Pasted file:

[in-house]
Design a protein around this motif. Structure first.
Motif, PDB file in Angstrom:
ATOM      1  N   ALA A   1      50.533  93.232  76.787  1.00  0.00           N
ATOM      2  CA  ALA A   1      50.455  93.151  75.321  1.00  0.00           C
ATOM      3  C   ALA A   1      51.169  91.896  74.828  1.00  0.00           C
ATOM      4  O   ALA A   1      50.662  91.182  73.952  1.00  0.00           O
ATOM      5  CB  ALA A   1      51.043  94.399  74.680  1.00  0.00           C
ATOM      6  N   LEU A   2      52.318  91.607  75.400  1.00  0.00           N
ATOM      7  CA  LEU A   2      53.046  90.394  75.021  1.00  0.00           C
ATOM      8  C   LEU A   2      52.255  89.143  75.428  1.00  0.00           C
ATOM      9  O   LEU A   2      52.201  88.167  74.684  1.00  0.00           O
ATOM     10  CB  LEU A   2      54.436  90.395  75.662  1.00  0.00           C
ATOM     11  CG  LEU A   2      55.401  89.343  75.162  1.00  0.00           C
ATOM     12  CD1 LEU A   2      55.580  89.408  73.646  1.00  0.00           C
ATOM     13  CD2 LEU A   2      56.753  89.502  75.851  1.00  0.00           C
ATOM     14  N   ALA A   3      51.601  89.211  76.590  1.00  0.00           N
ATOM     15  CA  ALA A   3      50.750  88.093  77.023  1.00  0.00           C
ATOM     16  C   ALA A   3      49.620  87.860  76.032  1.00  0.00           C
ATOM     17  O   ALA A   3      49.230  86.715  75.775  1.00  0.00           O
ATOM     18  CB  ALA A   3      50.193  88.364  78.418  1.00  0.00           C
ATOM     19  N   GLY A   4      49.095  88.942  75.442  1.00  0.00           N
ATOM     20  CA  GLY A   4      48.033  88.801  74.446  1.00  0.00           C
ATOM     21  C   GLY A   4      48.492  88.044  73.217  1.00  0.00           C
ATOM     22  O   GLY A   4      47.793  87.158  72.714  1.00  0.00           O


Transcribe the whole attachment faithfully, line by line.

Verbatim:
[in-house]
Design a protein around this motif. Structure first.
Motif, PDB file in Angstrom:
ATOM      1  N   ALA A   1      50.533  93.232  76.787  1.00  0.00           N
ATOM      2  CA  ALA A   1      50.455  93.151  75.321  1.00  0.00           C
ATOM      3  C   ALA A   1      51.169  91.896  74.828  1.00  0.00           C
ATOM      4  O   ALA A   1      50.662  91.182  73.952  1.00  0.00           O
ATOM      5  CB  ALA A   1      51.043  94.399  74.680  1.00  0.00           C
ATOM      6  N   LEU A   2      52.318  91.607  75.400  1.00  0.00           N
ATOM      7  CA  LEU A   2      53.046  90.394  75.021  1.00  0.00           C
ATOM      8  C   LEU A   2      52.255  89.143  75.428  1.00  0.00           C
ATOM      9  O   LEU A   2      52.201  88.167  74.684  1.00  0.00           O
ATOM     10  CB  LEU A   2      54.436  90.395  75.662  1.00  0.00           C
ATOM     11  CG  LEU A   2      55.401  89.343  75.162  1.00  0.00           C
ATOM     12  CD1 LEU A   2      55.580  89.408  73.646  1.00  0.00           C
ATOM     13  CD2 LEU A   2      56.753  89.502  75.851  1.00  0.00           C
ATOM     14  N   ALA A   3      51.601  89.211  76.590  1.00  0.00           N
ATOM     15  CA  ALA A   3      50.750  88.093  77.023  1.00  0.00           C
ATOM     16  C   ALA A   3      49.620  87.860  76.032  1.00  0.00           C
ATOM     17  O   ALA A   3      49.230  86.715  75.775  1.00  0.00           O
ATOM     18  CB  ALA A   3      50.193  88.364  78.418  1.00  0.00           C
ATOM     19  N   GLY A   4      49.095  88.942  75.442  1.00  0.00           N
ATOM     20  CA  GLY A   4      48.033  88.801  74.446  1.00  0.00           C
ATOM     21  C   GLY A   4      48.492  88.044  73.217  1.00  0.00           C
ATOM     22  O   GLY A   4      47.793  87.158  72.714  1.00  0.00           O